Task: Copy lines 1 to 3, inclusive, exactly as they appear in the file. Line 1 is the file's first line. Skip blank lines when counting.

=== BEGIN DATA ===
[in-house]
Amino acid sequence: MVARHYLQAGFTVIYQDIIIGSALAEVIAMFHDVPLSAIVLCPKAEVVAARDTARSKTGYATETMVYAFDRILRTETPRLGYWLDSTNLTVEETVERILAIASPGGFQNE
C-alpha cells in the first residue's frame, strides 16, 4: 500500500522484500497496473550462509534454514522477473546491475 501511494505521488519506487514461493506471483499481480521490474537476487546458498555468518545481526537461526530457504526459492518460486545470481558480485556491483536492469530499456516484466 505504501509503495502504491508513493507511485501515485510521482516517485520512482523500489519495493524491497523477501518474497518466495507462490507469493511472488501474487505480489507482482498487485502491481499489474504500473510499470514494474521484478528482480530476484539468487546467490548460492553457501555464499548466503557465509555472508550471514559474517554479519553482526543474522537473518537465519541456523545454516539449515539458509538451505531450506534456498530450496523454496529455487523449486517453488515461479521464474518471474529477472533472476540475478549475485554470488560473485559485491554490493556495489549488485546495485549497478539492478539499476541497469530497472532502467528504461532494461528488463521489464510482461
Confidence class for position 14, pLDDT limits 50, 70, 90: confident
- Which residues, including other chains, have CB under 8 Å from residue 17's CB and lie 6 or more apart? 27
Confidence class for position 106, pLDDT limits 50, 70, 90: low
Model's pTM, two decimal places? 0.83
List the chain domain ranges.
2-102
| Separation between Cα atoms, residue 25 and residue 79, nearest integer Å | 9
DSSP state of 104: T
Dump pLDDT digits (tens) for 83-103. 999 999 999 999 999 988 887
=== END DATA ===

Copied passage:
[in-house]
Amino acid sequence: MVARHYLQAGFTVIYQDIIIGSALAEVIAMFHDVPLSAIVLCPKAEVVAARDTARSKTGYATETMVYAFDRILRTETPRLGYWLDSTNLTVEETVERILAIASPGGFQNE
C-alpha cells in the first residue's frame, strides 16, 4: 500500500522484500497496473550462509534454514522477473546491475 501511494505521488519506487514461493506471483499481480521490474537476487546458498555468518545481526537461526530457504526459492518460486545470481558480485556491483536492469530499456516484466 505504501509503495502504491508513493507511485501515485510521482516517485520512482523500489519495493524491497523477501518474497518466495507462490507469493511472488501474487505480489507482482498487485502491481499489474504500473510499470514494474521484478528482480530476484539468487546467490548460492553457501555464499548466503557465509555472508550471514559474517554479519553482526543474522537473518537465519541456523545454516539449515539458509538451505531450506534456498530450496523454496529455487523449486517453488515461479521464474518471474529477472533472476540475478549475485554470488560473485559485491554490493556495489549488485546495485549497478539492478539499476541497469530497472532502467528504461532494461528488463521489464510482461